AMD CPU Settlement

AMD CPU settlement has gained significant relevance in the market in recent years. So much so that it has gone from rumored bankruptcy.

In 2016 to be in the best market status in its history. In this article, we will briefly review the events of the last few years, focusing on the activity of your processor division.

AMD early in the decade

At the beginning of 2011, AMD CPU settlement presented the first time well-known concept of APU or Accelerated Processing Unit.

Which is the same as a processor with a graphics card integrated into the same chip, in the same way, that Intel had done for the first time a few months before.

These processors initially focused on laptops, marked what would later be an essential part of the AMD market. With the first launch of the Series A processors and then with the current Ryzen APUs.

The launch of the AMD FX:

  • The first architecture of the decade created by AMD was the FX. As you will see now, it was widely controversial. And as a result, it failed to get ahead of Intel in terms of performance or market share.
  • The first launch of this family was Bulldozer, in October 2011, with which the FX-8XXX with 8 “cores” (note the quotes) and 4 modules.
  • The FX-6XXX, with 6 “cores” and 3 modules, were presented. And the FX-4XXX with 4 “cores” and 2 modules.
  • Later, the second generation arrived with Piledriver, which belongs to the best-known processor in the range, the FX-8350.
  • This family received improvements in the architecture that allowed an increase in the clock frequencies.
  • And maintained fundamental characteristics compared to its predecessor, such as using a 32nm manufacturing node.
  • Several issues always questioned these processors. We will explain two of the most fundamental: the false cores and the low IPC.

AMD and the “fake kernels”:

  • It could be said that with the AMD FX, it was possible to bring the 8-core processors to the domestic segment. However, in reality, they are a somewhat different story and difficult to explain.
  • Basically, the “cores” are grouped in modules of two “cores” each. Without going deep into the matter, it can be explained basically as follows:
  • We find two cores for arithmetic operations with integers and only one FPU unit for processing with floating-point numbers within each module.
  • AMD considered that this was enough to talk about two cores per module, but as evidenced by the fact that they have lost a millionaire demand for this matter, it cannot be said that this is the case.
  • Suppose we combine this with the fact that there is a level 2—cache per module and not per core and the L1. I cache also shared and many other fundamental parts, such as the jump predictor.
  • We conclude that integer processing cores cannot function independently or the parts dedicated to stages from fetch and decode instructions.

The added problem of the CPI:

  • The quirky and inefficient design of this family of processors added several more handicaps that prevented them from living up to Intel’s offerings.
  • And it is that the IPC (instructions per cycle) of these CPUs was considerably lower than that of the competition.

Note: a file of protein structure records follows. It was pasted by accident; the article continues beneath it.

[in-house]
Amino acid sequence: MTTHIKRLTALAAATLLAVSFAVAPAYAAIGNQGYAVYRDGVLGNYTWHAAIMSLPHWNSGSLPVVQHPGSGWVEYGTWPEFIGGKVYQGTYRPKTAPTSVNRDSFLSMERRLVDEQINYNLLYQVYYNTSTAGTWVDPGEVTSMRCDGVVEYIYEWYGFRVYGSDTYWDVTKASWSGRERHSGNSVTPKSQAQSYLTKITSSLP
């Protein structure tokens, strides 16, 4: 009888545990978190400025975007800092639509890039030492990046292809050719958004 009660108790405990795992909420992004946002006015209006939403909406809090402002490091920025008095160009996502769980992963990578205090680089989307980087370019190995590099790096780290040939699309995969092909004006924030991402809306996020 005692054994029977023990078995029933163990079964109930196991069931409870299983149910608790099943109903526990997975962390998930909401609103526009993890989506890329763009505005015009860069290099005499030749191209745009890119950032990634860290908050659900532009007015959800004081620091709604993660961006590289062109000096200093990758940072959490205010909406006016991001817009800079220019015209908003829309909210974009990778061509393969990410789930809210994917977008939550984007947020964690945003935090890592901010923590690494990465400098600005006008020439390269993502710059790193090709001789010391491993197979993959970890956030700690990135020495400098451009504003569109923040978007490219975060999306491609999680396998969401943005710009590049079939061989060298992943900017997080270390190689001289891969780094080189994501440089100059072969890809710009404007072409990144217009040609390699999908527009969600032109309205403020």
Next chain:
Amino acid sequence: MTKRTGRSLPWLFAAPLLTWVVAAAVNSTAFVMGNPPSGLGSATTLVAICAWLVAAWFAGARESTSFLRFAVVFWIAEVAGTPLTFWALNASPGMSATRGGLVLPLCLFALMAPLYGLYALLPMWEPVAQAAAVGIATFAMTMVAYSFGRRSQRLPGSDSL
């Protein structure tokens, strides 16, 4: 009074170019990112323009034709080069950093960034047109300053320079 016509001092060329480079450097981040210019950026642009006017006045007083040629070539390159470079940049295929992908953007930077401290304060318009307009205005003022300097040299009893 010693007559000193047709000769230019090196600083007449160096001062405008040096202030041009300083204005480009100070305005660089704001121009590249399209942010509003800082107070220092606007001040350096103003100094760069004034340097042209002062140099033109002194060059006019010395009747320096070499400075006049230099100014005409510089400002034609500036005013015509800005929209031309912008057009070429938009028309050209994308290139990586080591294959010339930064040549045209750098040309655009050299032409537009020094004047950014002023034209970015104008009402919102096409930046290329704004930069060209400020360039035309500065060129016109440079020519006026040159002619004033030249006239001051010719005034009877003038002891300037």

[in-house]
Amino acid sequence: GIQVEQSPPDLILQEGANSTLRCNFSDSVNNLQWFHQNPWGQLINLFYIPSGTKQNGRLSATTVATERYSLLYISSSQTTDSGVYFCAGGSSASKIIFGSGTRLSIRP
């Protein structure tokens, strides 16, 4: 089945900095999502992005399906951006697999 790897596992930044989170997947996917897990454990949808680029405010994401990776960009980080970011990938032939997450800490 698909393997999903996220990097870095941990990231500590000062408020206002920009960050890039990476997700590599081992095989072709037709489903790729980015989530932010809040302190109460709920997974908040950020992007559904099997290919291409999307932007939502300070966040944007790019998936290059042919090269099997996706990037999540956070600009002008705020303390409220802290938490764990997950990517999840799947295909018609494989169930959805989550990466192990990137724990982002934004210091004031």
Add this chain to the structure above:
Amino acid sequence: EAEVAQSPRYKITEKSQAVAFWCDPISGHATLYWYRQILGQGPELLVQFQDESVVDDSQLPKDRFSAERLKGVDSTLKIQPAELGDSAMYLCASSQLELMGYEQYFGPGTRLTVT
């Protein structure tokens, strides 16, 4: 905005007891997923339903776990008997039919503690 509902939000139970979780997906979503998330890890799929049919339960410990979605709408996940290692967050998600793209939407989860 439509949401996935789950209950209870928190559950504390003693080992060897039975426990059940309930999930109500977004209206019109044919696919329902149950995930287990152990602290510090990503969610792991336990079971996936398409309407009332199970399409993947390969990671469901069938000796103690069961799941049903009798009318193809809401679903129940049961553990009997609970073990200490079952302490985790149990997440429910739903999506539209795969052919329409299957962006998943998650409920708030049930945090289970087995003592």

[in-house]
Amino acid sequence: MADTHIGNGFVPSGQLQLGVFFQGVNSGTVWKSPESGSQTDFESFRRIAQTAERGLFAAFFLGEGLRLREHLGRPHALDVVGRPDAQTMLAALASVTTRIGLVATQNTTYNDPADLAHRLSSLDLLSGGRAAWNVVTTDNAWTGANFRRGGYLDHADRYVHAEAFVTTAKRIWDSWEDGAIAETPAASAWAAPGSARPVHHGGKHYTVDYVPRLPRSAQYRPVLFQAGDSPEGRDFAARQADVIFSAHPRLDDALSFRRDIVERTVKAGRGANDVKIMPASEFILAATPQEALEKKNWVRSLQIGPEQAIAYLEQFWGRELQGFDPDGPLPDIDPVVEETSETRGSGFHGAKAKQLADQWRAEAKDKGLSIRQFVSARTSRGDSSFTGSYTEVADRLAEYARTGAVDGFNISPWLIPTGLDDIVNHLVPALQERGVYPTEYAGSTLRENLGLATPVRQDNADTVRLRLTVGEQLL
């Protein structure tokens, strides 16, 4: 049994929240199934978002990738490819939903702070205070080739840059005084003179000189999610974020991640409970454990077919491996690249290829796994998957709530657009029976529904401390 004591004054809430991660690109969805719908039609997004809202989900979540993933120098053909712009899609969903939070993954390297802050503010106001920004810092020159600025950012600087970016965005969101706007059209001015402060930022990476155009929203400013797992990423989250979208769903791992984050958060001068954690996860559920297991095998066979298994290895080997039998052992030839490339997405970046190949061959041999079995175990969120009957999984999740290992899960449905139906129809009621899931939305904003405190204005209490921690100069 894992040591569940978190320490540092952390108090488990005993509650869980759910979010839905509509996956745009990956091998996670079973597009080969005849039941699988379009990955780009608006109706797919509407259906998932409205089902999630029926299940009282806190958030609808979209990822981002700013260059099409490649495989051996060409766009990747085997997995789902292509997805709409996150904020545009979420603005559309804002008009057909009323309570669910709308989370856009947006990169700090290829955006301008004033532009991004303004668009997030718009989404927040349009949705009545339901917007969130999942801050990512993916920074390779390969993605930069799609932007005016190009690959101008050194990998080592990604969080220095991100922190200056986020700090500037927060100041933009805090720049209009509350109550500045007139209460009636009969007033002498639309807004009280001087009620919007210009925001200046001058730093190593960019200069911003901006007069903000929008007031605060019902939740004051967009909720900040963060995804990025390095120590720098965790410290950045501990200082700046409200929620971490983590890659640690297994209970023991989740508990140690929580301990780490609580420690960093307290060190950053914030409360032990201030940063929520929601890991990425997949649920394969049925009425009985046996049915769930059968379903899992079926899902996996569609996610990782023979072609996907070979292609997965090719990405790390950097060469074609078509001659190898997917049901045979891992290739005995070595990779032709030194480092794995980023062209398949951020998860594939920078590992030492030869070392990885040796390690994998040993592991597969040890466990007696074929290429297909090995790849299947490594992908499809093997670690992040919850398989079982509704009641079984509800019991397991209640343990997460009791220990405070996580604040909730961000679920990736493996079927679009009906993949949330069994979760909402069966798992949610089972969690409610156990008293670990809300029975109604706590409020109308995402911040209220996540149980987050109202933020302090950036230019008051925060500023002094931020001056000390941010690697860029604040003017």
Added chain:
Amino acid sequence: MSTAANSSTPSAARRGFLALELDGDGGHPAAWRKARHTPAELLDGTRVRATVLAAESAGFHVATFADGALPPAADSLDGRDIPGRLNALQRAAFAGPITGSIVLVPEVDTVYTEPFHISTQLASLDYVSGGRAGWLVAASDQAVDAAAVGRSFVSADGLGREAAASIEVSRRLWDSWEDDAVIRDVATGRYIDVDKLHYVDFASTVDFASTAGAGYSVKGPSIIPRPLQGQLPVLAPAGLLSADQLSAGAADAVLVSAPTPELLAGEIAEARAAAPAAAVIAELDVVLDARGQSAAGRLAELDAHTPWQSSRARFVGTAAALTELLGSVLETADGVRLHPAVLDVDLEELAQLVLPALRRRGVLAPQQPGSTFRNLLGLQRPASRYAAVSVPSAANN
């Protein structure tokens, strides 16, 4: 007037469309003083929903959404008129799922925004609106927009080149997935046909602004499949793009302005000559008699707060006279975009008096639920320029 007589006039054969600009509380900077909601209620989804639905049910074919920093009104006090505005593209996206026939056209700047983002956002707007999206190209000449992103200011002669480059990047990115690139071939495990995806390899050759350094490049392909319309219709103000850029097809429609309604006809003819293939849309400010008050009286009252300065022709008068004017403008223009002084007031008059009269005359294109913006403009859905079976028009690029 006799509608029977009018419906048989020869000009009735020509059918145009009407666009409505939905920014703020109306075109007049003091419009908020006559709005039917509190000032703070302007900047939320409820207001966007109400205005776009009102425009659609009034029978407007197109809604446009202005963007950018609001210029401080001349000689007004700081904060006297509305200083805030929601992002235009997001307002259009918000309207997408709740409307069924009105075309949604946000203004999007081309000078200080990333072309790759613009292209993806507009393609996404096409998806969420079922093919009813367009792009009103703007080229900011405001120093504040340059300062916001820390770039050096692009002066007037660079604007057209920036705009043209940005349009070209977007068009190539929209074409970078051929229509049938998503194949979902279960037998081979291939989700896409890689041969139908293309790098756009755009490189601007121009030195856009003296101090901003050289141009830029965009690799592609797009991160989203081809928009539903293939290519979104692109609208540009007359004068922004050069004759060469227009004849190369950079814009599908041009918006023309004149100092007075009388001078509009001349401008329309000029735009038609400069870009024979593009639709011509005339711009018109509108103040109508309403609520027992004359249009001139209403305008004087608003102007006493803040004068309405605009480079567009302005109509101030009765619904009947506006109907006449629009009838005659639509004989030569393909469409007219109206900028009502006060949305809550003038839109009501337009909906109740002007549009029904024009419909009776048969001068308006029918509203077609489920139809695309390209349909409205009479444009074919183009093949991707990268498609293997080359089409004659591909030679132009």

• Therefore the AMD FX processors needed a higher clock frequency to approach mono-core performance.
  • As we show you in the image above, an AMD FX-8350 with a 4.0GHz base frequency could not reach a 3.3GHz i3 3220 in its Cinebench performance.
  • The focus that AMD had to take on raising frequencies at all costs negatively influenced the design and power efficiency of these CPUs, yet they were hardly successful.
  • Proof of this endeavor was the 2014 launch of the AMD FX-9590, in a desperate attempt to compete with Intel.
  • This processor reached 5.0GHz frequency (turbo) with an absurd TDP of 220W and could barely beat a much more efficient Intel Core i5-4690K that also had a reasonable margin of overclocking.
  • How were the Financial problems and the salvation of Lisa Su and Ryzen?
  • In 2014, the financial situation of the company was getting worse. The media continually speculated that AMD might go bankrupt or be bought by companies like Samsung or NVIDIA.
  • The company kept falling into irrelevance, and a significant change was needed. Beginning in October 2014, Dr.

The announcement of the gestation of AMD Zen:

  • As we indicated before, the FX processors did not succeed due to their strange architecture. Which could barely compete with what Intel offered.
  • Therefore, it was urgent to present a competent alternative. Developing a brand new CPU from scratch is not an easy process and usually takes at least 5 years.
  • Well, with this objective, the AMD Zen microarchitecture began to be developed in 2012. And its existence was announced to the public in 2015.
  • One of the significant assets promised by the company in its day was a 40% increase in the IPC compared to the last iteration of the architecture inherited from FX processors, Excavator.
  • These new CPUs would come under a platform that would make use of the AM4 socket that we know today, and as expected, they would use DDR4 memory.
  • During this period, what AMD was doing was dripping information about Zen in the form of slides. There was a lot of joke about PowerPoint skills. That the company had in the absence of tangible results.
  • It was fabulous about everything. Would it be “smoke,” or would it be close to how well they were painting it. The moment of truth would come in 2017.

Also Read: Internet Explorer End of Life – Update Information, References, and More